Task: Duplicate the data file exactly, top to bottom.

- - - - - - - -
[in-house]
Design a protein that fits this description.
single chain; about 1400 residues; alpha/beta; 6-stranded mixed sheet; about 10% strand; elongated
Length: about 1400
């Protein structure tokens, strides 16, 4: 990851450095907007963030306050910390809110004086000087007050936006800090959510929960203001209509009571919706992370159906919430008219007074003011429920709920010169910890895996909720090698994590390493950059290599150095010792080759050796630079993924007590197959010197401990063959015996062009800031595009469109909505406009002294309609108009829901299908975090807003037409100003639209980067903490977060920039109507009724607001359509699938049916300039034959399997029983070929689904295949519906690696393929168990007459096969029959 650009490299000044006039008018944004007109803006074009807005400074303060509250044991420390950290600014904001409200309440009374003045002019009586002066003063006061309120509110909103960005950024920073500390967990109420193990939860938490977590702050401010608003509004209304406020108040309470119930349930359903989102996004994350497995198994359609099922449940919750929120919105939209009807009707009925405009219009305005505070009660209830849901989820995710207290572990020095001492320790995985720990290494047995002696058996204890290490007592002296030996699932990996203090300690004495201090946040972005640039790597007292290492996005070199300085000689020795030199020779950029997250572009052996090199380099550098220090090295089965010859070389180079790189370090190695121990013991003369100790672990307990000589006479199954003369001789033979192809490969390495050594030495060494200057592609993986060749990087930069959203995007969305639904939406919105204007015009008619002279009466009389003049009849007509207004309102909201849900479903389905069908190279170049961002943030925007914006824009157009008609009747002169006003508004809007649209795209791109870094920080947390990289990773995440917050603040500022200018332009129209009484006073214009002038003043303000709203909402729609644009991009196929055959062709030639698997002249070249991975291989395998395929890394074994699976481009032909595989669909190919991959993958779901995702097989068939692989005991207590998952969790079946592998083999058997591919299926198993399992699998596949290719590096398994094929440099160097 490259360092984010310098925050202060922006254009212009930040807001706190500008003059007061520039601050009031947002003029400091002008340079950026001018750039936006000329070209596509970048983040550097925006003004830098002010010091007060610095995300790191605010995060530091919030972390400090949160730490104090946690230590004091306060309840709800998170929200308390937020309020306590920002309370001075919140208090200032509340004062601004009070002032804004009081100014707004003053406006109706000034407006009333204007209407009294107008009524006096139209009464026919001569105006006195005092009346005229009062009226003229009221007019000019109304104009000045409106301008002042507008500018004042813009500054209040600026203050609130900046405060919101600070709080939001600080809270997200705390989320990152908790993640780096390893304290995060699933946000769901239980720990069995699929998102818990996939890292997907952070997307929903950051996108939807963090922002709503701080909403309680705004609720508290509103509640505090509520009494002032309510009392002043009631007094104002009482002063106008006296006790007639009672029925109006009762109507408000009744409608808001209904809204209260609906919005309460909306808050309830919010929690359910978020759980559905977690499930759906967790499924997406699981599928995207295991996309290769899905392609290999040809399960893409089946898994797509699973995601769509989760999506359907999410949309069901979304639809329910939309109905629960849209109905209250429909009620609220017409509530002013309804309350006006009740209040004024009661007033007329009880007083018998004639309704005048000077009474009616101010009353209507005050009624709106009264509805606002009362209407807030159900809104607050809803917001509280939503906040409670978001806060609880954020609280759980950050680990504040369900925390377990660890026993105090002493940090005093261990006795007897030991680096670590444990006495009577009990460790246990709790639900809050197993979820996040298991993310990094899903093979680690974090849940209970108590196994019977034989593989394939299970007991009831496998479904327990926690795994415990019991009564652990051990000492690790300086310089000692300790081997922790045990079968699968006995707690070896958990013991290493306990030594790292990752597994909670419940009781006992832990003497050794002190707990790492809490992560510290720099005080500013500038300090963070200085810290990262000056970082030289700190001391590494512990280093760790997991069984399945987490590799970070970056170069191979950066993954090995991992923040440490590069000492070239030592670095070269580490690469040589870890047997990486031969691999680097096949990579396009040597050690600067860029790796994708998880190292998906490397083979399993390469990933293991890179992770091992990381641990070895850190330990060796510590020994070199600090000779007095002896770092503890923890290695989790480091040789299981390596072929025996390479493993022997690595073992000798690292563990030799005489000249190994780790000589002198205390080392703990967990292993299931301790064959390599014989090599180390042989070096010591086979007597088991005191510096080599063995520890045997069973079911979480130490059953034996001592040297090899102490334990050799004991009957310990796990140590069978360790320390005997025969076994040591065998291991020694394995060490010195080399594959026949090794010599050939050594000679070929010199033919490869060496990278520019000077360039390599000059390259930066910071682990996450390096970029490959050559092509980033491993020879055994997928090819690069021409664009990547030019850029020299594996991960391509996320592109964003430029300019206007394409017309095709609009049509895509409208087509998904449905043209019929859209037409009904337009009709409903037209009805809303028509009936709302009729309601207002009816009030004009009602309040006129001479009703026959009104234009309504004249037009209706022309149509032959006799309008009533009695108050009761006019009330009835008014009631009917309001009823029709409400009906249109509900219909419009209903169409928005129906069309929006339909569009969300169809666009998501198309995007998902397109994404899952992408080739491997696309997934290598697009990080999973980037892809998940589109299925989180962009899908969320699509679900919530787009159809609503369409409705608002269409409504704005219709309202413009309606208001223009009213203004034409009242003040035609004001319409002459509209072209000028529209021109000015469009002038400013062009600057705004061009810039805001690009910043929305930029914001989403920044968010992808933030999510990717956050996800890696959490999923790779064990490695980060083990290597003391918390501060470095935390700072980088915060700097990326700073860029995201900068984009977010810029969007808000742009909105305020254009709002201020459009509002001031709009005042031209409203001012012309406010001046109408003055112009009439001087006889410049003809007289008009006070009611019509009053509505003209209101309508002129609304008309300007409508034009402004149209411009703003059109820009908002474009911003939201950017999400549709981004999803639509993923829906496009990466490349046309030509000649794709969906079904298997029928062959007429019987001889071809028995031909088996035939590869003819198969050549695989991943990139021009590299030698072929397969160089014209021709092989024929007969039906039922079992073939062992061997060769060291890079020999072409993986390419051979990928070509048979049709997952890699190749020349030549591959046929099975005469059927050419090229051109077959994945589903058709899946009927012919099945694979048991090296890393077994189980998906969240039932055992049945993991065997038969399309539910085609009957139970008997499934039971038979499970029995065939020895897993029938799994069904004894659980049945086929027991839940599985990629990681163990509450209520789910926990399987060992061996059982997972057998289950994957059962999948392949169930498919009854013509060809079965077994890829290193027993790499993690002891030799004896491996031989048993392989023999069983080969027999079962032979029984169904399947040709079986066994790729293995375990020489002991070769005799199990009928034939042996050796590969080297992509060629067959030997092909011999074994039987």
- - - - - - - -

[in-house]
Design a protein that fits this description.
single chain; about 1400 residues; alpha/beta; 6-stranded mixed sheet; about 10% strand; elongated
Length: about 1400
């Protein structure tokens, strides 16, 4: 990851450095907007963030306050910390809110004086000087007050936006800090959510929960203001209509009571919706992370159906919430008219007074003011429920709920010169910890895996909720090698994590390493950059290599150095010792080759050796630079993924007590197959010197401990063959015996062009800031595009469109909505406009002294309609108009829901299908975090807003037409100003639209980067903490977060920039109507009724607001359509699938049916300039034959399997029983070929689904295949519906690696393929168990007459096969029959 650009490299000044006039008018944004007109803006074009807005400074303060509250044991420390950290600014904001409200309440009374003045002019009586002066003063006061309120509110909103960005950024920073500390967990109420193990939860938490977590702050401010608003509004209304406020108040309470119930349930359903989102996004994350497995198994359609099922449940919750929120919105939209009807009707009925405009219009305005505070009660209830849901989820995710207290572990020095001492320790995985720990290494047995002696058996204890290490007592002296030996699932990996203090300690004495201090946040972005640039790597007292290492996005070199300085000689020795030199020779950029997250572009052996090199380099550098220090090295089965010859070389180079790189370090190695121990013991003369100790672990307990000589006479199954003369001789033979192809490969390495050594030495060494200057592609993986060749990087930069959203995007969305639904939406919105204007015009008619002279009466009389003049009849007509207004309102909201849900479903389905069908190279170049961002943030925007914006824009157009008609009747002169006003508004809007649209795209791109870094920080947390990289990773995440917050603040500022200018332009129209009484006073214009002038003043303000709203909402729609644009991009196929055959062709030639698997002249070249991975291989395998395929890394074994699976481009032909595989669909190919991959993958779901995702097989068939692989005991207590998952969790079946592998083999058997591919299926198993399992699998596949290719590096398994094929440099160097 490259360092984010310098925050202060922006254009212009930040807001706190500008003059007061520039601050009031947002003029400091002008340079950026001018750039936006000329070209596509970048983040550097925006003004830098002010010091007060610095995300790191605010995060530091919030972390400090949160730490104090946690230590004091306060309840709800998170929200308390937020309020306590920002309370001075919140208090200032509340004062601004009070002032804004009081100014707004003053406006109706000034407006009333204007209407009294107008009524006096139209009464026919001569105006006195005092009346005229009062009226003229009221007019000019109304104009000045409106301008002042507008500018004042813009500054209040600026203050609130900046405060919101600070709080939001600080809270997200705390989320990152908790993640780096390893304290995060699933946000769901239980720990069995699929998102818990996939890292997907952070997307929903950051996108939807963090922002709503701080909403309680705004609720508290509103509640505090509520009494002032309510009392002043009631007094104002009482002063106008006296006790007639009672029925109006009762109507408000009744409608808001209904809204209260609906919005309460909306808050309830919010929690359910978020759980559905977690499930759906967790499924997406699981599928995207295991996309290769899905392609290999040809399960893409089946898994797509699973995601769509989760999506359907999410949309069901979304639809329910939309109905629960849209109905209250429909009620609220017409509530002013309804309350006006009740209040004024009661007033007329009880007083018998004639309704005048000077009474009616101010009353209507005050009624709106009264509805606002009362209407807030159900809104607050809803917001509280939503906040409670978001806060609880954020609280759980950050680990504040369900925390377990660890026993105090002493940090005093261990006795007897030991680096670590444990006495009577009990460790246990709790639900809050197993979820996040298991993310990094899903093979680690974090849940209970108590196994019977034989593989394939299970007991009831496998479904327990926690795994415990019991009564652990051990000492690790300086310089000692300790081997922790045990079968699968006995707690070896958990013991290493306990030594790292990752597994909670419940009781006992832990003497050794002190707990790492809490992560510290720099005080500013500038300090963070200085810290990262000056970082030289700190001391590494512990280093760790997991069984399945987490590799970070970056170069191979950066993954090995991992923040440490590069000492070239030592670095070269580490690469040589870890047997990486031969691999680097096949990579396009040597050690600067860029790796994708998880190292998906490397083979399993390469990933293991890179992770091992990381641990070895850190330990060796510590020994070199600090000779007095002896770092503890923890290695989790480091040789299981390596072929025996390479493993022997690595073992000798690292563990030799005489000249190994780790000589002198205390080392703990967990292993299931301790064959390599014989090599180390042989070096010591086979007597088991005191510096080599063995520890045997069973079911979480130490059953034996001592040297090899102490334990050799004991009957310990796990140590069978360790320390005997025969076994040591065998291991020694394995060490010195080399594959026949090794010599050939050594000679070929010199033919490869060496990278520019000077360039390599000059390259930066910071682990996450390096970029490959050559092509980033491993020879055994997928090819690069021409664009990547030019850029020299594996991960391509996320592109964003430029300019206007394409017309095709609009049509895509409208087509998904449905043209019929859209037409009904337009009709409903037209009805809303028509009936709302009729309601207002009816009030004009009602309040006129001479009703026959009104234009309504004249037009209706022309149509032959006799309008009533009695108050009761006019009330009835008014009631009917309001009823029709409400009906249109509900219909419009209903169409928005129906069309929006339909569009969300169809666009998501198309995007998902397109994404899952992408080739491997696309997934290598697009990080999973980037892809998940589109299925989180962009899908969320699509679900919530787009159809609503369409409705608002269409409504704005219709309202413009309606208001223009009213203004034409009242003040035609004001319409002459509209072209000028529209021109000015469009002038400013062009600057705004061009810039805001690009910043929305930029914001989403920044968010992808933030999510990717956050996800890696959490999923790779064990490695980060083990290597003391918390501060470095935390700072980088915060700097990326700073860029995201900068984009977010810029969007808000742009909105305020254009709002201020459009509002001031709009005042031209409203001012012309406010001046109408003055112009009439001087006889410049003809007289008009006070009611019509009053509505003209209101309508002129609304008309300007409508034009402004149209411009703003059109820009908002474009911003939201950017999400549709981004999803639509993923829906496009990466490349046309030509000649794709969906079904298997029928062959007429019987001889071809028995031909088996035939590869003819198969050549695989991943990139021009590299030698072929397969160089014209021709092989024929007969039906039922079992073939062992061997060769060291890079020999072409993986390419051979990928070509048979049709997952890699190749020349030549591959046929099975005469059927050419090229051109077959994945589903058709899946009927012919099945694979048991090296890393077994189980998906969240039932055992049945993991065997038969399309539910085609009957139970008997499934039971038979499970029995065939020895897993029938799994069904004894659980049945086929027991839940599985990629990681163990509450209520789910926990399987060992061996059982997972057998289950994957059962999948392949169930498919009854013509060809079965077994890829290193027993790499993690002891030799004896491996031989048993392989023999069983080969027999079962032979029984169904399947040709079986066994790729293995375990020489002991070769005799199990009928034939042996050796590969080297992509060629067959030997092909011999074994039987």